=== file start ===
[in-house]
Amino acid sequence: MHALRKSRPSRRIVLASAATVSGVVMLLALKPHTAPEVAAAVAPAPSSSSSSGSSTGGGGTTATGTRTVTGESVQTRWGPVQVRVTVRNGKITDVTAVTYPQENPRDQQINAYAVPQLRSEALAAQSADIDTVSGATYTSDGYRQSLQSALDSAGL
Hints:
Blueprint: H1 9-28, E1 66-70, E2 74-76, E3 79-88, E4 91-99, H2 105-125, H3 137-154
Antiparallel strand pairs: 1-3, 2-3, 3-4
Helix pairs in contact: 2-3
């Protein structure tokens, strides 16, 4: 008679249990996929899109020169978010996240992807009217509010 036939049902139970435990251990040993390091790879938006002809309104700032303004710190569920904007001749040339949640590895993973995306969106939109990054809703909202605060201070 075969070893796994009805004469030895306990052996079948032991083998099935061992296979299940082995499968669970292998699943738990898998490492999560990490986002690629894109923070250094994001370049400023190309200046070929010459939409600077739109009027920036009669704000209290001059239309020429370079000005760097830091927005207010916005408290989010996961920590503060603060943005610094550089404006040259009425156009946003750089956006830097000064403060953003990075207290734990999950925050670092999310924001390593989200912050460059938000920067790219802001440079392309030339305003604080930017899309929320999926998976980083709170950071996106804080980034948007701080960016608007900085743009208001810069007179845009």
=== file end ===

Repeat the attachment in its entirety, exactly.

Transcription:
[in-house]
Amino acid sequence: MHALRKSRPSRRIVLASAATVSGVVMLLALKPHTAPEVAAAVAPAPSSSSSSGSSTGGGGTTATGTRTVTGESVQTRWGPVQVRVTVRNGKITDVTAVTYPQENPRDQQINAYAVPQLRSEALAAQSADIDTVSGATYTSDGYRQSLQSALDSAGL
Hints:
Blueprint: H1 9-28, E1 66-70, E2 74-76, E3 79-88, E4 91-99, H2 105-125, H3 137-154
Antiparallel strand pairs: 1-3, 2-3, 3-4
Helix pairs in contact: 2-3
């Protein structure tokens, strides 16, 4: 008679249990996929899109020169978010996240992807009217509010 036939049902139970435990251990040993390091790879938006002809309104700032303004710190569920904007001749040339949640590895993973995306969106939109990054809703909202605060201070 075969070893796994009805004469030895306990052996079948032991083998099935061992296979299940082995499968669970292998699943738990898998490492999560990490986002690629894109923070250094994001370049400023190309200046070929010459939409600077739109009027920036009669704000209290001059239309020429370079000005760097830091927005207010916005408290989010996961920590503060603060943005610094550089404006040259009425156009946003750089956006830097000064403060953003990075207290734990999950925050670092999310924001390593989200912050460059938000920067790219802001440079392309030339305003604080930017899309929320999926998976980083709170950071996106804080980034948007701080960016608007900085743009208001810069007179845009």